07 January, 2015

Long Ago in a Place Very, Very Close By

After six and a half years of activity, this is the final transmission from the observatory here at Waves of Guide. Energy is being redistributed to alternative projects of poetry, love and livelihood. Thank you to all receivers for your receptive attentions. May they guide you now along the waves of this river-bound life.

- G.D.B.


*****

"Every force evolves a form"

- an old Shaker saying

Is it not astounding to have, hold or witness the evidence that in many parts of the ancient world there are drawings that were made on stone, designs placed into architecture or songs composed with music & dance which are the preserved teachings of peoples both dead and everlasting? If a message were so worthy of the time and effort spent to express it by its creators in any of the above medium, at special times and with the right methods that fulfill and transcend the challenge of the medium's substance, it must either have been a steadfast representation of the craft and artisanal work in its point in history - or something more valuable than the material itself.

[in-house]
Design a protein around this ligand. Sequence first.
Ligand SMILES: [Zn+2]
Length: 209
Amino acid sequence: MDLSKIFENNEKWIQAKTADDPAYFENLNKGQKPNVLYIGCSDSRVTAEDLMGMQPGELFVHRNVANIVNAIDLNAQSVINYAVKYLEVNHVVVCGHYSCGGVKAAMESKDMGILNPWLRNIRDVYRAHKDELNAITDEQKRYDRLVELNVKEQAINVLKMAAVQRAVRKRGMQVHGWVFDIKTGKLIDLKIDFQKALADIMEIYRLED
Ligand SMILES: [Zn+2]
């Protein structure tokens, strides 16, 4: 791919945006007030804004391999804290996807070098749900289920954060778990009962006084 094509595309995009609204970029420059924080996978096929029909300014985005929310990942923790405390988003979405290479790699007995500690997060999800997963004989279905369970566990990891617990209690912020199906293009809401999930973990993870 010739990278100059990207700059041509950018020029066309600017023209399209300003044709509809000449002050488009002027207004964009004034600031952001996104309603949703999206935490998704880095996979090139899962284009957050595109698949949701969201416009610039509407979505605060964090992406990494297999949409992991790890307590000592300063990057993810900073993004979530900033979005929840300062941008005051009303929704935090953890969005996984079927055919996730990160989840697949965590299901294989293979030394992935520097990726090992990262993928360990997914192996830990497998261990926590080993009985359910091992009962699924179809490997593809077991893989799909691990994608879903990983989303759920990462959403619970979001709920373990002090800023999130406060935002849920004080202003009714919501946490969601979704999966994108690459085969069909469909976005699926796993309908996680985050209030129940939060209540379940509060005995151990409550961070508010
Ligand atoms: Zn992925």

Regarding song, if its message isn't a real piece of mettle to outlast linguistic change, the knowledge it contains through the chosen medium will most certainly perish due to its partiality to history. Let us call such works of art or architecture of the highest value, those creations which are a representation for all current and future free members of humanity to appreciate, embodiments of "universal perception." Universal, because even in different places of the world, with different peoples from different cultures, they were works made not by a machine pressing plastic together but by human hands enacting the fullness of their knowledge and attention upon the work. As a part of the mass of unknown descendants now ready to receive and appreciate these forms, we could see beyond our subjective interpretations, try and match the research upon the museum plaque and truly place the context of the site within our experience of their transmission. If we could, we might not hurry to solve our secret despair at the meaninglessness of dumbfound wonder.